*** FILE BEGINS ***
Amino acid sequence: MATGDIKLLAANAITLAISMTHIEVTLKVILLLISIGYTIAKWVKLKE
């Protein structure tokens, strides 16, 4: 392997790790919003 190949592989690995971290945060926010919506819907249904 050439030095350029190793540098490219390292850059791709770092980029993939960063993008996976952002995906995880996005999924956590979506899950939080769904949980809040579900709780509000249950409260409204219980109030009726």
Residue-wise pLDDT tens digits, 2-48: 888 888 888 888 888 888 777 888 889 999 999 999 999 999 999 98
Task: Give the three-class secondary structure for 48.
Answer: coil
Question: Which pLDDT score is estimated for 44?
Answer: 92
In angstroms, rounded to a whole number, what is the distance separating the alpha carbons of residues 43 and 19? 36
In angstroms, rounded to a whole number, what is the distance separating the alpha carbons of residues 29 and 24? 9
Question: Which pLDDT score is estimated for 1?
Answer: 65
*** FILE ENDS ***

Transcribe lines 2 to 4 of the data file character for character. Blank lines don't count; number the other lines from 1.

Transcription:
């Protein structure tokens, strides 16, 4: 392997790790919003 190949592989690995971290945060926010919506819907249904 050439030095350029190793540098490219390292850059791709770092980029993939960063993008996976952002995906995880996005999924956590979506899950939080769904949980809040579900709780509000249950409260409204219980109030009726």
Residue-wise pLDDT tens digits, 2-48: 888 888 888 888 888 888 777 888 889 999 999 999 999 999 999 98
Task: Give the three-class secondary structure for 48.